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The Roles of Epidemiologists, Laboratorians, and Public Health Agencies in Preventing Invasive Cronobacter Infection


BACKGROUND: Cronobacter can cause severe, invasive infection in very young infants. These bacteria can also colonize or cause insignificant infections in immunocompromised, elderly, and/or hospitalized adults.

METHODS: This editorial review highlights key points addressed in the Frontiers Research Topic on Cronobacter, discusses the clinical presentation and epidemiology of Cronobacter infections, and examines the responses of public health agencies to this problem.

RESULTS: Cronobacter is rarely isolated from hospitalized, immunocompromised and/or elderly adults and does not cause significant disease in those patients. Certain species and strains, especially of Cronobacter sakazakii, can cause invasive illness in previously healthy infants <2 months of age. Multilocus sequence type 4 and clonal complex 4 (ST4/MLST 4) C. sakazakii are the predominant cause of Cronobacter meningitis, which occurs only in infants. These infections and this strain type are strongly linked to powdered infant formulas (PIF), which can also be contaminated with other Cronobacter strains. End-product testing is not intended to guarantee the absence of these organisms. WHO has made recommendations that can help decrease but will not eliminate the risk of this infection.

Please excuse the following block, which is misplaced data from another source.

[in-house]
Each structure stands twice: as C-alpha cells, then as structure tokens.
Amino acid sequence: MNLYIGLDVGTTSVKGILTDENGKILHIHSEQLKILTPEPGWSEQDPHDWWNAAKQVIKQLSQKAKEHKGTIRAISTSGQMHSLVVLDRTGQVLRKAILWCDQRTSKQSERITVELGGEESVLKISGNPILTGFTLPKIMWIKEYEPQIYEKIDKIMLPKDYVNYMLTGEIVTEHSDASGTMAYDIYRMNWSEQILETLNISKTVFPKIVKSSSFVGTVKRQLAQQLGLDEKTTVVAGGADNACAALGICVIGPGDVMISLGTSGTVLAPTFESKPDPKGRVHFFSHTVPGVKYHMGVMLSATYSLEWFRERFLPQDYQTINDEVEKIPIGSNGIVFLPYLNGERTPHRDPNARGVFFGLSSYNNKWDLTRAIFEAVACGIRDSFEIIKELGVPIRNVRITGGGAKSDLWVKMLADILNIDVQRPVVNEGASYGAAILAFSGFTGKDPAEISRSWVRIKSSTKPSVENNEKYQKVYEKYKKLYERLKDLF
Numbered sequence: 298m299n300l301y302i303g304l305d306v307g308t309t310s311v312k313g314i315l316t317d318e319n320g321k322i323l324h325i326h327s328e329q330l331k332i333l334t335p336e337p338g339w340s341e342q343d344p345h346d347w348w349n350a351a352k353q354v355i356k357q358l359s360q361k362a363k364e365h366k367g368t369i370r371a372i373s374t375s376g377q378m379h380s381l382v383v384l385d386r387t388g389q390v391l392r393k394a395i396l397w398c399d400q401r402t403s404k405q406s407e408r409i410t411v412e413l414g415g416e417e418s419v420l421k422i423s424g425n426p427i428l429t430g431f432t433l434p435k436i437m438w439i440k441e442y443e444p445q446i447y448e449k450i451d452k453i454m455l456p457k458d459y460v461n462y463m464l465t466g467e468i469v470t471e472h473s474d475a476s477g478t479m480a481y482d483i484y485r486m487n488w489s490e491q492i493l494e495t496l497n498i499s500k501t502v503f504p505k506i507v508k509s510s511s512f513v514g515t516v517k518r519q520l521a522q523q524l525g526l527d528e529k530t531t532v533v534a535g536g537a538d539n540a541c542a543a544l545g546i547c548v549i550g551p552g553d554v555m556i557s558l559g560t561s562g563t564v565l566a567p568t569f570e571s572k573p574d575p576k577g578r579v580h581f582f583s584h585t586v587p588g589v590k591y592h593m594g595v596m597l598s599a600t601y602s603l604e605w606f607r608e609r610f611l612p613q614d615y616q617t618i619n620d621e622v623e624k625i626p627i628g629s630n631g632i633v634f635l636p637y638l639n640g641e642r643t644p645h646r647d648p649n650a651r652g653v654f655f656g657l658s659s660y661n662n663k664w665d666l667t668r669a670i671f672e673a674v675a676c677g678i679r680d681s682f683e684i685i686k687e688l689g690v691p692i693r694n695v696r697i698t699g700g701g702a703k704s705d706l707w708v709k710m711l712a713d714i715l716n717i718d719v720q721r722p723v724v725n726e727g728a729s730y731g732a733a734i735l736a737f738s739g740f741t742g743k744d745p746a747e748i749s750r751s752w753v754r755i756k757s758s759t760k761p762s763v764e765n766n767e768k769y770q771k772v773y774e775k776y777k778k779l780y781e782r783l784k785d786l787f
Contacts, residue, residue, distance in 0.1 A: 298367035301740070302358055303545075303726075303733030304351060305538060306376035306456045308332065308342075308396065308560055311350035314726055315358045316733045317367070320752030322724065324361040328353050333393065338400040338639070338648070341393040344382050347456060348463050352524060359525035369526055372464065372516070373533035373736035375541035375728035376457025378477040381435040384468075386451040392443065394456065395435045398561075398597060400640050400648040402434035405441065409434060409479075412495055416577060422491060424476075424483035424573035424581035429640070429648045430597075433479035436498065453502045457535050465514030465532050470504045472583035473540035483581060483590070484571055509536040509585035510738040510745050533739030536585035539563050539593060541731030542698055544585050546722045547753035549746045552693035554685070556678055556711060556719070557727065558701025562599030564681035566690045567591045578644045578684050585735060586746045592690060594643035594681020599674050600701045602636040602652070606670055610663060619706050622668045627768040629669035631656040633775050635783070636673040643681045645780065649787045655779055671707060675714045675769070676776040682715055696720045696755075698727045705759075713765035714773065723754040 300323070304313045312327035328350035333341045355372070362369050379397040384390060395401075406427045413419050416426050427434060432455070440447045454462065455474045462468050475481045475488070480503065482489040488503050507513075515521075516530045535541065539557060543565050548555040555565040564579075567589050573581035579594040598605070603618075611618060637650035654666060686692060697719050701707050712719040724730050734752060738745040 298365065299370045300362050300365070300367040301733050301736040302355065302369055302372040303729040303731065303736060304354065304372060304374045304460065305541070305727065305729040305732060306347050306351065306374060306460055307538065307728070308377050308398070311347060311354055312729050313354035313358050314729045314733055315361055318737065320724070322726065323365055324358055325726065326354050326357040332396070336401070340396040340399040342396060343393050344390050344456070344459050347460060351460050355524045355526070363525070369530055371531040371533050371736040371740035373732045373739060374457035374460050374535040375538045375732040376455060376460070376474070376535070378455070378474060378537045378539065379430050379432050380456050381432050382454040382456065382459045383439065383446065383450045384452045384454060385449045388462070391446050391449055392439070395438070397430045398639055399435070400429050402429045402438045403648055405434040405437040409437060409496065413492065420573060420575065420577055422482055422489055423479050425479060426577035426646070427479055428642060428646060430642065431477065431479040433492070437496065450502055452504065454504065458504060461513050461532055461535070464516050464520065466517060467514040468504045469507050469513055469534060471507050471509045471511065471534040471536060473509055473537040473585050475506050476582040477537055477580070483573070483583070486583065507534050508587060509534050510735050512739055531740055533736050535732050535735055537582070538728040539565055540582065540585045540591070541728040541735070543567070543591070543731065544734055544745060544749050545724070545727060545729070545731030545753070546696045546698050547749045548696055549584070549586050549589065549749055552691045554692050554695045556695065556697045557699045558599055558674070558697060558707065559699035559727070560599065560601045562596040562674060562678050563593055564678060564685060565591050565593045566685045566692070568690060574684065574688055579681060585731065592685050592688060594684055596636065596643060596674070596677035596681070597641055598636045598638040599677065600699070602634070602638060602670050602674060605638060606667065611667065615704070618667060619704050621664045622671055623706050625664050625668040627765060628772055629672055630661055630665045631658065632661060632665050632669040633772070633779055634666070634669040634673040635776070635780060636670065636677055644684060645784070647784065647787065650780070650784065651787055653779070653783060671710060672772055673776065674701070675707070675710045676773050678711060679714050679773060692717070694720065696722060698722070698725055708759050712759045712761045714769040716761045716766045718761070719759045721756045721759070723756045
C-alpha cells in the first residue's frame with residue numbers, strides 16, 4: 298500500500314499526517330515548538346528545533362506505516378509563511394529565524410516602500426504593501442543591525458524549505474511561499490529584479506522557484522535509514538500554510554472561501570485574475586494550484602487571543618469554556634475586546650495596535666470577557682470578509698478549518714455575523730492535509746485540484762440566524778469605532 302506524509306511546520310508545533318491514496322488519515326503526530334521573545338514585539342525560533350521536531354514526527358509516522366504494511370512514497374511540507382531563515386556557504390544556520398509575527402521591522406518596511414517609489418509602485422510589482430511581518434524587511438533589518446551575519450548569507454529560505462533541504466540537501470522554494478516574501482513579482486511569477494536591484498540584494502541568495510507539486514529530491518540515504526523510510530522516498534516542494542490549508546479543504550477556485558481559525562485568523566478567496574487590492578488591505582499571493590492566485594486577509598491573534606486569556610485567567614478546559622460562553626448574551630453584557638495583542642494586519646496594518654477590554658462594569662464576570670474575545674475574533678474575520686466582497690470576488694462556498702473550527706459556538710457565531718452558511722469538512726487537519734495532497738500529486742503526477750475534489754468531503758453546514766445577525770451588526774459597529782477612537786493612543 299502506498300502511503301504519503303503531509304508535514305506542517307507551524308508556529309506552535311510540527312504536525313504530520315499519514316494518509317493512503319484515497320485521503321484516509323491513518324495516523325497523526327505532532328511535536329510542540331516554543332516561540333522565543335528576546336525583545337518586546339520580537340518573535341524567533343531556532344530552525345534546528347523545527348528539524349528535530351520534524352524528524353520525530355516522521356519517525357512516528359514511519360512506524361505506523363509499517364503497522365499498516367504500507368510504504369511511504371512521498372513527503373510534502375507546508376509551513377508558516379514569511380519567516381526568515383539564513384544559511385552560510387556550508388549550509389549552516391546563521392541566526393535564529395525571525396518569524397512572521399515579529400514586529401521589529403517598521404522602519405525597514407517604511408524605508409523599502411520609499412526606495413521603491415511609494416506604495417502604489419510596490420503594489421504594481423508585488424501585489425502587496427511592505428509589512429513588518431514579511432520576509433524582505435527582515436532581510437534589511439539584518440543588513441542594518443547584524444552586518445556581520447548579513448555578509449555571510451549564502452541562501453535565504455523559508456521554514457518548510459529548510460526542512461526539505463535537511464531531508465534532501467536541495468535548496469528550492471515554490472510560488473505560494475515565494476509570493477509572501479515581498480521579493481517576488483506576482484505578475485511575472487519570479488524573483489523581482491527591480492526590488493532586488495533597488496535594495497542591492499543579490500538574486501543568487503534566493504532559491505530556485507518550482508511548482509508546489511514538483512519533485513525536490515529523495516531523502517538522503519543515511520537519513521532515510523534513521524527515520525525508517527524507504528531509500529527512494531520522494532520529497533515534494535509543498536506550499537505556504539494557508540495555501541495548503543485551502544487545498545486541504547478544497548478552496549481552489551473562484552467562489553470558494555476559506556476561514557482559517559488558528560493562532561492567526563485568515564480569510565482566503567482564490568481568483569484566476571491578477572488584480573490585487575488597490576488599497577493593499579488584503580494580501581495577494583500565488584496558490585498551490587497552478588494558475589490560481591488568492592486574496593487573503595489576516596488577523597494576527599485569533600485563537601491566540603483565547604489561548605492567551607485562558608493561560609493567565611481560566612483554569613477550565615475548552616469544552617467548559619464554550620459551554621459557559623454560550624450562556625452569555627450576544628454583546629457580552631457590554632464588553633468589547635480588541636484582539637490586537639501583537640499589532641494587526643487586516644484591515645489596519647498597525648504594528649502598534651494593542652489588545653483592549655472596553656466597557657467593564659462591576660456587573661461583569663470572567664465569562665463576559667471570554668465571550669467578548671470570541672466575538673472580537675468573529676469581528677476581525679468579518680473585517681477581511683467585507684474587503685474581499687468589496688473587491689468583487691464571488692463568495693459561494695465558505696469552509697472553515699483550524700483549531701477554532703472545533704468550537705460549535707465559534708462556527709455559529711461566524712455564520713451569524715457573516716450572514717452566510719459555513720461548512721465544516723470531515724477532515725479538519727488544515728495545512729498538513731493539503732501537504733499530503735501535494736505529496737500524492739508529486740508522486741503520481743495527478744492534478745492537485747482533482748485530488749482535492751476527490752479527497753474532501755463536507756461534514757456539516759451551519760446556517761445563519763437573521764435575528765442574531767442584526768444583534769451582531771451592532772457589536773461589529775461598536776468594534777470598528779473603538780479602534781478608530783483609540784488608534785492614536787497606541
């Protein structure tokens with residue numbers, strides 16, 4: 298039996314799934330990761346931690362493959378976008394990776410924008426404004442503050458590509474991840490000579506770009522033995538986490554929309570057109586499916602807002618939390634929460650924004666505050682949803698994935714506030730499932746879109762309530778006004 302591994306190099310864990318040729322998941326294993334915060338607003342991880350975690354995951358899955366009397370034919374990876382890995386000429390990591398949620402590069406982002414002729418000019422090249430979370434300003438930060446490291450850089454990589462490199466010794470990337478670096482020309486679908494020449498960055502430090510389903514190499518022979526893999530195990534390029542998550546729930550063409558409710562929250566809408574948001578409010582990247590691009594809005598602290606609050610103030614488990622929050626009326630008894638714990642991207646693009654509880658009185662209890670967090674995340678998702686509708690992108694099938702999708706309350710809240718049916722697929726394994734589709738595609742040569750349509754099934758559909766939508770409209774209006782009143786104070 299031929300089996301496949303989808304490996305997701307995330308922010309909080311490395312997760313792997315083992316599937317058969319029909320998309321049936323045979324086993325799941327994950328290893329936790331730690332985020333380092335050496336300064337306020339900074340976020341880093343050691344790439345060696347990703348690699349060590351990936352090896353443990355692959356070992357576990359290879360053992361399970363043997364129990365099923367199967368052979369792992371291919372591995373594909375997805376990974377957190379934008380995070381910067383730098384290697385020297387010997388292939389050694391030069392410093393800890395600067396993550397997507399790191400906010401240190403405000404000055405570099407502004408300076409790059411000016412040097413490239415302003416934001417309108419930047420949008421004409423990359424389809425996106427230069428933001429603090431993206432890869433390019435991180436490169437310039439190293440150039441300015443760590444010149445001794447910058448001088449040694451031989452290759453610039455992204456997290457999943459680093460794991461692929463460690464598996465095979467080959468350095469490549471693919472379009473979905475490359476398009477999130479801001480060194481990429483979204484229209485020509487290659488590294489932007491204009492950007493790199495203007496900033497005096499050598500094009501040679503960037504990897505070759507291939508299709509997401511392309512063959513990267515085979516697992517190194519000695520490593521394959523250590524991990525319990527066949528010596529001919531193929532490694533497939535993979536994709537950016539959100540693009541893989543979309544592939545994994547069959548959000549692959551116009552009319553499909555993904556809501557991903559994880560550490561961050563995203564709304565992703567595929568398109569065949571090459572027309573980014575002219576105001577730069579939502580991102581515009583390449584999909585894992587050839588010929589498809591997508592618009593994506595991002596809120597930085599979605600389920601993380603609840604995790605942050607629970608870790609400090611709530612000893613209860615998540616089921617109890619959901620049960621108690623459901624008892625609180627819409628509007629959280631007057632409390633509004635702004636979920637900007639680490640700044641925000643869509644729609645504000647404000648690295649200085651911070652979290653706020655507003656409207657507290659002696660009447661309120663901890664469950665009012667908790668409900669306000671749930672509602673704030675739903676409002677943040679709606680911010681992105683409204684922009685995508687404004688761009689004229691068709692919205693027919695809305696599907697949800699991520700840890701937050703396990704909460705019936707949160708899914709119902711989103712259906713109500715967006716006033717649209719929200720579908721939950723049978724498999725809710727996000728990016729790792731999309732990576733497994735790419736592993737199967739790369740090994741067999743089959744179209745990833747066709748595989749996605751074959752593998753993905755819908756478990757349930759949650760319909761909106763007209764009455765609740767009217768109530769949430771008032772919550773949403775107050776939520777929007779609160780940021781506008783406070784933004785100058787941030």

CONCLUSION: To further define the spectrum of Cronobacter-associated disease, all isolates should be genetically typed using every currently available method, typing results should be linked to the associated epidemiologic and clinical data, and these data should be analyzed in a scientifically sound manner. Based on currently available information, more can be done now to prevent cause invasive infection in young infants. This includes encouragement of exclusive breastfeeding and/or use of commercially sterile ready-to-feed formulas in the first 2 months of life.

Jason J

Front Pediatr 2015;3:110


PMID: 26734593